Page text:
My Lords, initial flight trials of the F35B aircraft from the carrier remain on track for 2018, allowing a coherent build-up towards delivering a cutting-edge expeditionary capability for the UK from 2020. Royal Navy and Royal Air Force pilots and supporting ground crew are now operating UK F35Bs in the US, to conduct flight and weapon trials and, in due course, flights off our carrier. Our carriers will be capable of operating a wide range of operational aircraft, including helicopters.
My Lords, there is widespread concern at the substantial gap in time during which we will have an absence of capability. This is also evidenced in our having no capability whatever in airborne anti-submarine detection, running in parallel. Was it wise to put all our eggs in one basket and leave a major part of our defence capability dependent on the development of a single aircraft which is, as yet, unproven and increasingly expensive?
My Lords, this is a fantastic aircraft. British pilots who fly it tell me it is a real step change in capability. The F35 fleet has now flown some 20,000 hours and successfully completed two sets of sea trials off the USS “Wasp”. The F35 is the world’s largest single defence programme, and the UK is playing a leading role as the only non-US level 1 partner, resulting in significant contracts and jobs for UK industry.
My Lords, British F35B aircraft and pilots will be the first to operate from our carriers. UK pilots, engineers and deck handlers are currently operating from US Navy carriers, developing and maintaining skill sets to regenerate our carrier strike capability, working, as my noble friend said, with the US Marine Corps. We continue to identify opportunities to develop interoperability and synergy with our allies, including potential options to operate US Marine Corps aircraft from our carriers.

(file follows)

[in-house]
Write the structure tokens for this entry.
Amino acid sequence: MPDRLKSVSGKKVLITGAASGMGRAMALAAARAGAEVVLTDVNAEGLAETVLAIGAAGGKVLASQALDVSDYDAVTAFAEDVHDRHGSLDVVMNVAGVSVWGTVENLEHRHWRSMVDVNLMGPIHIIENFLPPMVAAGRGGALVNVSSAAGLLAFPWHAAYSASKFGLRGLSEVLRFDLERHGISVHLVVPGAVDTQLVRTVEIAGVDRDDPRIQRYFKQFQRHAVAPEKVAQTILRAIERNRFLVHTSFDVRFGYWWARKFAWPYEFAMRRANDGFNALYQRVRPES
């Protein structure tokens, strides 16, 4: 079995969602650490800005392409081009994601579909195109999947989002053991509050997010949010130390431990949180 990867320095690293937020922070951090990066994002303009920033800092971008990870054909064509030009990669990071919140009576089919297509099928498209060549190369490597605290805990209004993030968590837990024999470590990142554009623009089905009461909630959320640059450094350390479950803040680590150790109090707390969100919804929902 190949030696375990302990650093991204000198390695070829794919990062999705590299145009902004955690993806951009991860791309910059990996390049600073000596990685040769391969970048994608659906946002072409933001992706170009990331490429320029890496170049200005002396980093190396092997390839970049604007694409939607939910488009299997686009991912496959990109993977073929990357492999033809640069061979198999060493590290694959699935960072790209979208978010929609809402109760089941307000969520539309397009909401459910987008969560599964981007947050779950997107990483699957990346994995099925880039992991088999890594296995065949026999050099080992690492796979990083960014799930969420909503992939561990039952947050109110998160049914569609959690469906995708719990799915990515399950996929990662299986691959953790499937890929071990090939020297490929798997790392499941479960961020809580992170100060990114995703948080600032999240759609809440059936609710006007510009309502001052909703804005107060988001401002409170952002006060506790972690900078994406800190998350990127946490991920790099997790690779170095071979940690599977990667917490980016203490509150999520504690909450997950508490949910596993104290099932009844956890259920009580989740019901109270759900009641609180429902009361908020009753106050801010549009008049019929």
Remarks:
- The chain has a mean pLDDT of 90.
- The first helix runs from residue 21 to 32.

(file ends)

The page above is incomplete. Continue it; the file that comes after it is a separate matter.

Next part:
My Lords, I am sure the whole House, and the nation, are delighted that we are now developing this carrier capability again after the real risk we took in 2010 of dropping it for the first time in 100 years. We are looking forward to this date. It is a long period of risk: we have got through five years of it and there are five years to go. There have been reports that the Sea Lightning—which rolls off the tongue much better than Lightning II, so perhaps the Minister would consider calling it Sea Lightning in future, rather than F35B—might be vulnerable to cyberattack through the autonomic logistics information system. If this is true, will the Minister confirm that we are making sure it is resilient, and that that resilience will be hardened, to stop that happening?
My Lords, that is a very good question. I gave a Written Answer to the noble Lord, Lord Davies, on this very subject. The F35 autonomic logistics information system has been designed to be resilient against cyberattack and will be subject to testing throughout the life of the programme.
I absolutely agree with the noble and gallant Lord. The carriers are highly versatile defence assets, able to meet the widest range of tasks, from humanitarian assistance to carrier-strike and amphibious operations with Royal Marines and battlefield helicopters. Work is under way to plan the most effective and coherent way to operate the carrier capability. This includes the development of deployment cycles, manpower requirements, total F35B—or Sea Lightning—numbers and interoperability with allies.
My Lords, I assure my noble friend that it is our intention to dredge Portsmouth harbour. As we are in the process of selecting the preferred bidder, it would be inappropriate to give a cost. We will also be carrying out some other infrastructure upgrades to support the carriers coming into Portsmouth.
I thank the Minister for his comprehensive Answer on the dates for the aircraft and the carrier. However, if you google the aircraft, looking particularly at the US media, you see that the project is full of delays, with tranches of software not available and guns that will not work for more than four years, while the Department of Defense says that the programme is unaffordable. How confident is the Minister that the dates he has given will actually happen? How many aircraft do the Government envisage buying, and will there be enough aircraft to operate on both carriers?
My Lords, I am told that there are always technical issues during the test phase of an aircraft programme, so what is happening is not uncommon. With regard to the numbers, the UK has received three of 35 to date. Another is being built, and the MoD recently approved the purchase of 14 additional aircraft, the first four of which were ordered at the end of last year. Total F35 aircraft numbers will be examined within SDSR 15.